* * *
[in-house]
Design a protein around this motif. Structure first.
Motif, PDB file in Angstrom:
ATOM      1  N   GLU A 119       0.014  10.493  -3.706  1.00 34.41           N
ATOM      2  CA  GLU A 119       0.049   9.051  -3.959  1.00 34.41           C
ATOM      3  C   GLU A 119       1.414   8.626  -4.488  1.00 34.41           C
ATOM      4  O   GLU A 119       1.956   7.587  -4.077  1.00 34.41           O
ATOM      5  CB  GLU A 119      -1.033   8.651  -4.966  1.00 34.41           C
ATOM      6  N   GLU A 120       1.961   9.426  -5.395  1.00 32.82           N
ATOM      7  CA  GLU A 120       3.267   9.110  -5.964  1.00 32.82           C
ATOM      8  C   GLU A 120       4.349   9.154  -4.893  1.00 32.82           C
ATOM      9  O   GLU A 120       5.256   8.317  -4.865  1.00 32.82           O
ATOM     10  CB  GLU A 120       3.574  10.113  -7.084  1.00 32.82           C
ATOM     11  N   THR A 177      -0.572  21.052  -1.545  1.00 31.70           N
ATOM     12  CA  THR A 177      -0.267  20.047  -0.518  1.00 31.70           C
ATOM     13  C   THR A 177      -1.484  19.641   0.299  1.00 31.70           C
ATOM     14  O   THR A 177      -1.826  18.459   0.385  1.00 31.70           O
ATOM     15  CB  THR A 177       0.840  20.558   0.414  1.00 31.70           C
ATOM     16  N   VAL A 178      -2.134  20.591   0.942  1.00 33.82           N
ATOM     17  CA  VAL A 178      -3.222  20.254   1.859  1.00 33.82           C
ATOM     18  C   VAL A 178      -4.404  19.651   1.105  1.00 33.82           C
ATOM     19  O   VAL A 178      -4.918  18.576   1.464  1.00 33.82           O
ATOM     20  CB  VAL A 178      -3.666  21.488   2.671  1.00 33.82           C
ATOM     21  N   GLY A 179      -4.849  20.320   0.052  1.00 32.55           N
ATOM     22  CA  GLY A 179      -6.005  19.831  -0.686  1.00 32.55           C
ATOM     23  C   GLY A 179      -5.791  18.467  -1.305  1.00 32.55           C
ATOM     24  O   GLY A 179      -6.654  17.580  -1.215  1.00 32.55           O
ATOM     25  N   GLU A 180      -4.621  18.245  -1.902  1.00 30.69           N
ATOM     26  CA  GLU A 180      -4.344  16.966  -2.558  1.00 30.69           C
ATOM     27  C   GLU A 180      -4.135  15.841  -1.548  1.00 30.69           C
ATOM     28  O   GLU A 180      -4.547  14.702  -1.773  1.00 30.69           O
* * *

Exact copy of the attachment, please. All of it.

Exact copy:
[in-house]
Design a protein around this motif. Structure first.
Motif, PDB file in Angstrom:
ATOM      1  N   GLU A 119       0.014  10.493  -3.706  1.00 34.41           N
ATOM      2  CA  GLU A 119       0.049   9.051  -3.959  1.00 34.41           C
ATOM      3  C   GLU A 119       1.414   8.626  -4.488  1.00 34.41           C
ATOM      4  O   GLU A 119       1.956   7.587  -4.077  1.00 34.41           O
ATOM      5  CB  GLU A 119      -1.033   8.651  -4.966  1.00 34.41           C
ATOM      6  N   GLU A 120       1.961   9.426  -5.395  1.00 32.82           N
ATOM      7  CA  GLU A 120       3.267   9.110  -5.964  1.00 32.82           C
ATOM      8  C   GLU A 120       4.349   9.154  -4.893  1.00 32.82           C
ATOM      9  O   GLU A 120       5.256   8.317  -4.865  1.00 32.82           O
ATOM     10  CB  GLU A 120       3.574  10.113  -7.084  1.00 32.82           C
ATOM     11  N   THR A 177      -0.572  21.052  -1.545  1.00 31.70           N
ATOM     12  CA  THR A 177      -0.267  20.047  -0.518  1.00 31.70           C
ATOM     13  C   THR A 177      -1.484  19.641   0.299  1.00 31.70           C
ATOM     14  O   THR A 177      -1.826  18.459   0.385  1.00 31.70           O
ATOM     15  CB  THR A 177       0.840  20.558   0.414  1.00 31.70           C
ATOM     16  N   VAL A 178      -2.134  20.591   0.942  1.00 33.82           N
ATOM     17  CA  VAL A 178      -3.222  20.254   1.859  1.00 33.82           C
ATOM     18  C   VAL A 178      -4.404  19.651   1.105  1.00 33.82           C
ATOM     19  O   VAL A 178      -4.918  18.576   1.464  1.00 33.82           O
ATOM     20  CB  VAL A 178      -3.666  21.488   2.671  1.00 33.82           C
ATOM     21  N   GLY A 179      -4.849  20.320   0.052  1.00 32.55           N
ATOM     22  CA  GLY A 179      -6.005  19.831  -0.686  1.00 32.55           C
ATOM     23  C   GLY A 179      -5.791  18.467  -1.305  1.00 32.55           C
ATOM     24  O   GLY A 179      -6.654  17.580  -1.215  1.00 32.55           O
ATOM     25  N   GLU A 180      -4.621  18.245  -1.902  1.00 30.69           N
ATOM     26  CA  GLU A 180      -4.344  16.966  -2.558  1.00 30.69           C
ATOM     27  C   GLU A 180      -4.135  15.841  -1.548  1.00 30.69           C
ATOM     28  O   GLU A 180      -4.547  14.702  -1.773  1.00 30.69           O